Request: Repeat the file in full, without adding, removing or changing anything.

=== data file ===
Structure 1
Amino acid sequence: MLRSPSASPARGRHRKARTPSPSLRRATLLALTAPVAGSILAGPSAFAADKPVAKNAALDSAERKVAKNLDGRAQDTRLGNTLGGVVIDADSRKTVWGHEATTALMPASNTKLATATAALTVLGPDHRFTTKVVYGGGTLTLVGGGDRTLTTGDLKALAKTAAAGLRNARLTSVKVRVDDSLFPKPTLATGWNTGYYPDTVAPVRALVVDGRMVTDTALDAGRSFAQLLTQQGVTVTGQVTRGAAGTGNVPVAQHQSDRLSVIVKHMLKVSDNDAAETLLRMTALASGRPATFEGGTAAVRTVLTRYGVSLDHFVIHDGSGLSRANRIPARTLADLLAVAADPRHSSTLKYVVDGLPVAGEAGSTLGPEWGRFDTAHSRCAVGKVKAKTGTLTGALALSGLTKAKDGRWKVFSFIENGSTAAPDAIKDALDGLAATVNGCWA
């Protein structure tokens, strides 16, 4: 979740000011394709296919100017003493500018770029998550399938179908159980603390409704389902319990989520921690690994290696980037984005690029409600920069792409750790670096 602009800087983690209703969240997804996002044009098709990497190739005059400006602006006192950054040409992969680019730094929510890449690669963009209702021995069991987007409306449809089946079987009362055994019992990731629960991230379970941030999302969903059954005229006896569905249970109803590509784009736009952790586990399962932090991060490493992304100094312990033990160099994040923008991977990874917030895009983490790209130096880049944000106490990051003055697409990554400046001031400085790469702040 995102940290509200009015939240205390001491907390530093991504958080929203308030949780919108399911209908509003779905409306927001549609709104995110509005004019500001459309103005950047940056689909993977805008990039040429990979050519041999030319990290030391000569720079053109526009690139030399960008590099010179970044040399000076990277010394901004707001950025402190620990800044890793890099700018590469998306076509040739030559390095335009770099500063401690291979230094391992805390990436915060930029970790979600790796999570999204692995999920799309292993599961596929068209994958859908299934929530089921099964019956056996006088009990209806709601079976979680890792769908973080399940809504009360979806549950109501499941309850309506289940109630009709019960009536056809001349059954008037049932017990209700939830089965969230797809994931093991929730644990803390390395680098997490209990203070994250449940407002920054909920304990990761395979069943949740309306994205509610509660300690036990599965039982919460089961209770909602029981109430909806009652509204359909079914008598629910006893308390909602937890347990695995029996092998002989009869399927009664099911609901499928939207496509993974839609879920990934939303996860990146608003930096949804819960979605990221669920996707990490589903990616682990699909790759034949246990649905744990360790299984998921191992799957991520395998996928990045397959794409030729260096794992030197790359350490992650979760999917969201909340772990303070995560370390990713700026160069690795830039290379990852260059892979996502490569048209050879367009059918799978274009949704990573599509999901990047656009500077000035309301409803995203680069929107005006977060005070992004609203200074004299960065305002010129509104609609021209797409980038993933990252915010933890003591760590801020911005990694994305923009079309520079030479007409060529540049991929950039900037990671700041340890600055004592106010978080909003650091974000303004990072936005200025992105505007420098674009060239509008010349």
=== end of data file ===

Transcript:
Structure 1
Amino acid sequence: MLRSPSASPARGRHRKARTPSPSLRRATLLALTAPVAGSILAGPSAFAADKPVAKNAALDSAERKVAKNLDGRAQDTRLGNTLGGVVIDADSRKTVWGHEATTALMPASNTKLATATAALTVLGPDHRFTTKVVYGGGTLTLVGGGDRTLTTGDLKALAKTAAAGLRNARLTSVKVRVDDSLFPKPTLATGWNTGYYPDTVAPVRALVVDGRMVTDTALDAGRSFAQLLTQQGVTVTGQVTRGAAGTGNVPVAQHQSDRLSVIVKHMLKVSDNDAAETLLRMTALASGRPATFEGGTAAVRTVLTRYGVSLDHFVIHDGSGLSRANRIPARTLADLLAVAADPRHSSTLKYVVDGLPVAGEAGSTLGPEWGRFDTAHSRCAVGKVKAKTGTLTGALALSGLTKAKDGRWKVFSFIENGSTAAPDAIKDALDGLAATVNGCWA
């Protein structure tokens, strides 16, 4: 979740000011394709296919100017003493500018770029998550399938179908159980603390409704389902319990989520921690690994290696980037984005690029409600920069792409750790670096 602009800087983690209703969240997804996002044009098709990497190739005059400006602006006192950054040409992969680019730094929510890449690669963009209702021995069991987007409306449809089946079987009362055994019992990731629960991230379970941030999302969903059954005229006896569905249970109803590509784009736009952790586990399962932090991060490493992304100094312990033990160099994040923008991977990874917030895009983490790209130096880049944000106490990051003055697409990554400046001031400085790469702040 995102940290509200009015939240205390001491907390530093991504958080929203308030949780919108399911209908509003779905409306927001549609709104995110509005004019500001459309103005950047940056689909993977805008990039040429990979050519041999030319990290030391000569720079053109526009690139030399960008590099010179970044040399000076990277010394901004707001950025402190620990800044890793890099700018590469998306076509040739030559390095335009770099500063401690291979230094391992805390990436915060930029970790979600790796999570999204692995999920799309292993599961596929068209994958859908299934929530089921099964019956056996006088009990209806709601079976979680890792769908973080399940809504009360979806549950109501499941309850309506289940109630009709019960009536056809001349059954008037049932017990209700939830089965969230797809994931093991929730644990803390390395680098997490209990203070994250449940407002920054909920304990990761395979069943949740309306994205509610509660300690036990599965039982919460089961209770909602029981109430909806009652509204359909079914008598629910006893308390909602937890347990695995029996092998002989009869399927009664099911609901499928939207496509993974839609879920990934939303996860990146608003930096949804819960979605990221669920996707990490589903990616682990699909790759034949246990649905744990360790299984998921191992799957991520395998996928990045397959794409030729260096794992030197790359350490992650979760999917969201909340772990303070995560370390990713700026160069690795830039290379990852260059892979996502490569048209050879367009059918799978274009949704990573599509999901990047656009500077000035309301409803995203680069929107005006977060005070992004609203200074004299960065305002010129509104609609021209797409980038993933990252915010933890003591760590801020911005990694994305923009079309520079030479007409060529540049991929950039900037990671700041340890600055004592106010978080909003650091974000303004990072936005200025992105505007420098674009060239509008010349």